• Improve reimbursement rates.
• Simplify the bureaucratic processes for dental providers to enroll and participate in Medi-Cal.
• Explore creative ways—such as teledentistry, new workforce models and school-based strategies—to connect children to care.
In terms of the recommendation’s “workforce models,” TCP suggests the state expand the roles of dental assistants and dental hygienists in areas underserved by dentists.
Finally, to oversee needed changes, the TCP suggests creating a statewide office of oral health.
“This is a unique moment in history when we have the opportunity and imperative to make a significant difference,” the report concludes. “If tapped into skillfully, the transition of children enrolled in the Healthy Families Program into Medi-Cal and the implementation of ACA [the federal Affordable Care Act] offer an opportunity to create new solutions that ensure all children in California—especially underserved children—receive the dental care they need.”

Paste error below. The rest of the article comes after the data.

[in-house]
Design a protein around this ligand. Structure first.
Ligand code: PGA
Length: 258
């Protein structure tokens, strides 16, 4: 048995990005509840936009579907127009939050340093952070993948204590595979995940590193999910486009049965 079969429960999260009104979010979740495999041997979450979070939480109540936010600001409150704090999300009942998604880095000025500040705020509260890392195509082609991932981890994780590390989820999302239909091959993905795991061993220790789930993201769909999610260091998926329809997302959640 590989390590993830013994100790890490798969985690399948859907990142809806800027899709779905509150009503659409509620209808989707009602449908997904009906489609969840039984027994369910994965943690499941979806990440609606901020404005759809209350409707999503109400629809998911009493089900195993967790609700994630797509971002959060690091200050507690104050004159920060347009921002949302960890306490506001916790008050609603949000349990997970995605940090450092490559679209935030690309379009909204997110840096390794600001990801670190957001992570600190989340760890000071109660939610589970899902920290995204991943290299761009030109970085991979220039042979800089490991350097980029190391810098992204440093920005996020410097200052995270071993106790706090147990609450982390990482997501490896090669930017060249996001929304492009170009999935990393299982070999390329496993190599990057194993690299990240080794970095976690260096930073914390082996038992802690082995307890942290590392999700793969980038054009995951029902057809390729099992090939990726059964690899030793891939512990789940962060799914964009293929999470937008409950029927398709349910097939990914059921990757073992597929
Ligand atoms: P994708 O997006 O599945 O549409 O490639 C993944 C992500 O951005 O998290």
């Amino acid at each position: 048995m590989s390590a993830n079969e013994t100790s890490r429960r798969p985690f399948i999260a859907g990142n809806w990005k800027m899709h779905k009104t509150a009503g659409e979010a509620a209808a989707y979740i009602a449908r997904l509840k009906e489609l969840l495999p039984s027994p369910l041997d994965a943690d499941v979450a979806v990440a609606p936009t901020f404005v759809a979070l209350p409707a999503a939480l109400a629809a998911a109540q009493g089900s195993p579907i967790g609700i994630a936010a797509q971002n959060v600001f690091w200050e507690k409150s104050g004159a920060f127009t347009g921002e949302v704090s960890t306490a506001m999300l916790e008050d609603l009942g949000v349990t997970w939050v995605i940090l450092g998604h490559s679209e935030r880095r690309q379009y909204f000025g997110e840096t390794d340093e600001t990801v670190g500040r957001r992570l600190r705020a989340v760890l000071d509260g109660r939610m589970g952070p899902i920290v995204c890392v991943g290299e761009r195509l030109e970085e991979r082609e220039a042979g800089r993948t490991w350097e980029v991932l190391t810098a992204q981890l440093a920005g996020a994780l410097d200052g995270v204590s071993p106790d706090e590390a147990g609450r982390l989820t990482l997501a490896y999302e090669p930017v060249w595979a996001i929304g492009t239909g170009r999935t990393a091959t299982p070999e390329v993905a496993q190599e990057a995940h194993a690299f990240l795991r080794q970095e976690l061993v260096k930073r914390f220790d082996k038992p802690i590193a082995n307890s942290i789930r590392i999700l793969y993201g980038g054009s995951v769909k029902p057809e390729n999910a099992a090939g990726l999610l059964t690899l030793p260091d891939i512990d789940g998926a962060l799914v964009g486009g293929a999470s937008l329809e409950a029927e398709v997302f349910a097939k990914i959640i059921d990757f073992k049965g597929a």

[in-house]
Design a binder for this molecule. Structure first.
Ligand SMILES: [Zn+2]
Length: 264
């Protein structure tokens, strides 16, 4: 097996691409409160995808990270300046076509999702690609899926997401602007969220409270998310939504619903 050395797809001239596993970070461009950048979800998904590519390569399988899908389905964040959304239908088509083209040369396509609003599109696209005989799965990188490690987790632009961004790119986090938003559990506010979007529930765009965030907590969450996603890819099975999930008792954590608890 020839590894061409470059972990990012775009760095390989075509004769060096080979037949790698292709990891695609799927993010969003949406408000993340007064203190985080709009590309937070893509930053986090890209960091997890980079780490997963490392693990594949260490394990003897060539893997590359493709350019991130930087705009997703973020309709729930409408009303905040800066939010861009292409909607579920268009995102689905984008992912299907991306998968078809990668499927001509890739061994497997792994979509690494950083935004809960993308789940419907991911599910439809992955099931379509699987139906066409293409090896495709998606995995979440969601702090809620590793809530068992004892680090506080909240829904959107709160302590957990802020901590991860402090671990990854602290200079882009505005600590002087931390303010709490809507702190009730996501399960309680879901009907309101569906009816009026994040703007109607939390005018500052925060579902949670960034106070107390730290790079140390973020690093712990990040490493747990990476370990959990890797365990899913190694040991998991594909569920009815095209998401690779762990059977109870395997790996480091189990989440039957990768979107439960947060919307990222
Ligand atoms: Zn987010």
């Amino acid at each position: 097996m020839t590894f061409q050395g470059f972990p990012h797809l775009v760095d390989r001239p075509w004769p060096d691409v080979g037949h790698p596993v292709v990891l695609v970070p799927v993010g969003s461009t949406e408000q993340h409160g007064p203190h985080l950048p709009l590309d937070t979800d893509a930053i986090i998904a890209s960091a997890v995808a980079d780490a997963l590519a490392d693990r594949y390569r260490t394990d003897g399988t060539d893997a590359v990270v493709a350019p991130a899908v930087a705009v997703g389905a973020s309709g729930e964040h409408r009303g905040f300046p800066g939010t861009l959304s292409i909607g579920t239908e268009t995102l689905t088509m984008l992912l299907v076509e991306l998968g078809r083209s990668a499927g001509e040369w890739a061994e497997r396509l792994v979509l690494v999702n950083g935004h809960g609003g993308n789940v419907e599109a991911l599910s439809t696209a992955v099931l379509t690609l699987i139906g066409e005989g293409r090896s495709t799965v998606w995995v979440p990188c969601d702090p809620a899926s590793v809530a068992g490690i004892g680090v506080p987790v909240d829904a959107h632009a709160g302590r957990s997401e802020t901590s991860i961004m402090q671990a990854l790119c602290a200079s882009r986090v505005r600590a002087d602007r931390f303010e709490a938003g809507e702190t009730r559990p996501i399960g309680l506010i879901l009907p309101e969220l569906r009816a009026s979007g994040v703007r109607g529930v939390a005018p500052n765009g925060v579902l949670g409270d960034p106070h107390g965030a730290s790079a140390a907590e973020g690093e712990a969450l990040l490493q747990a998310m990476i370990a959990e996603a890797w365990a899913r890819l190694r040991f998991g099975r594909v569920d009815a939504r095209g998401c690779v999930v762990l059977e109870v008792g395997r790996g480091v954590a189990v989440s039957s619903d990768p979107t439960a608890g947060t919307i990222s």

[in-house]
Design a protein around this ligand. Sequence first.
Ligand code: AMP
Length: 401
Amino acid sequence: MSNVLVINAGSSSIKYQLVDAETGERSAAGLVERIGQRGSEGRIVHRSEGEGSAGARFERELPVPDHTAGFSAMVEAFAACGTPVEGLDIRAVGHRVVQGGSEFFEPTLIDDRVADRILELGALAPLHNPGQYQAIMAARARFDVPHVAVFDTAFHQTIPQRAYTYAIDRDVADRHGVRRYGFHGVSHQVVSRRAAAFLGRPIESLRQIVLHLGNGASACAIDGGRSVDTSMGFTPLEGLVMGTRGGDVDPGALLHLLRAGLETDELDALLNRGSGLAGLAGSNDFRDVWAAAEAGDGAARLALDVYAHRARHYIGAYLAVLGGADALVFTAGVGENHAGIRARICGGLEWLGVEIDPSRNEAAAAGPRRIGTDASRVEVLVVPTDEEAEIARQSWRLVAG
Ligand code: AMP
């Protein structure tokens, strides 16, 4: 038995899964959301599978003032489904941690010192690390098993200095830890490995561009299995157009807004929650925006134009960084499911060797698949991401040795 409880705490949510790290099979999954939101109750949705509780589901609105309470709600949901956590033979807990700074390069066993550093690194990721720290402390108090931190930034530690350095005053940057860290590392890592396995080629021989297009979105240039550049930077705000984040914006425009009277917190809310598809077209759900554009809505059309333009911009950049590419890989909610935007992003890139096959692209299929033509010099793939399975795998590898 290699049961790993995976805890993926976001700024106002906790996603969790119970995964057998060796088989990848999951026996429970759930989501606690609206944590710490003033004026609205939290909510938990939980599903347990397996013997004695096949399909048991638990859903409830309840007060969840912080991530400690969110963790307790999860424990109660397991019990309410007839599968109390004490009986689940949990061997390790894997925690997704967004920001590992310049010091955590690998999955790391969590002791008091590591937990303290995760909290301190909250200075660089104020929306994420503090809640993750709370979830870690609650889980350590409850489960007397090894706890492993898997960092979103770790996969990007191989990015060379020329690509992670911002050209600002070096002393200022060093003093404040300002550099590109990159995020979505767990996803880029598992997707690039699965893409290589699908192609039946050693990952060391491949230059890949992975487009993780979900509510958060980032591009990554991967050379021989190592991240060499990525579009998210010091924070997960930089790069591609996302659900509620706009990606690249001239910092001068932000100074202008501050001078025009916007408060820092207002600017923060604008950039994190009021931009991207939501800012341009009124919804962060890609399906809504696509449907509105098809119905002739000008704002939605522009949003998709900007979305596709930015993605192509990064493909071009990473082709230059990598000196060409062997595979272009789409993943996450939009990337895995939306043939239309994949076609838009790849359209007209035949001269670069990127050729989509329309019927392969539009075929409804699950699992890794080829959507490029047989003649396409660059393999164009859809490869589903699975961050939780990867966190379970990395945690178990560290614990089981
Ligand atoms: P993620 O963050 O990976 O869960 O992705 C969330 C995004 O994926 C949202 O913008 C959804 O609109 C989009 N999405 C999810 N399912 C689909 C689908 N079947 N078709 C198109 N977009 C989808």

Medi-Cal officials may want to look to Healthy Families for guidance. California Healthline reports that the state’s Managed Risk Medical Insurance Board (MRMIB), which oversees the program, cites progress in dental measures.
Among the most promising findings:
• Around 90 percent of Healthy Families children who visited a dentist “for any reason” received a preventative treatment, such as fluoride or sealant, as part of the visit.
• Families gave their child’s dentist, the dental staff and access to dental care a higher rating in the 2011-12 survey than in the 2010-11 survey.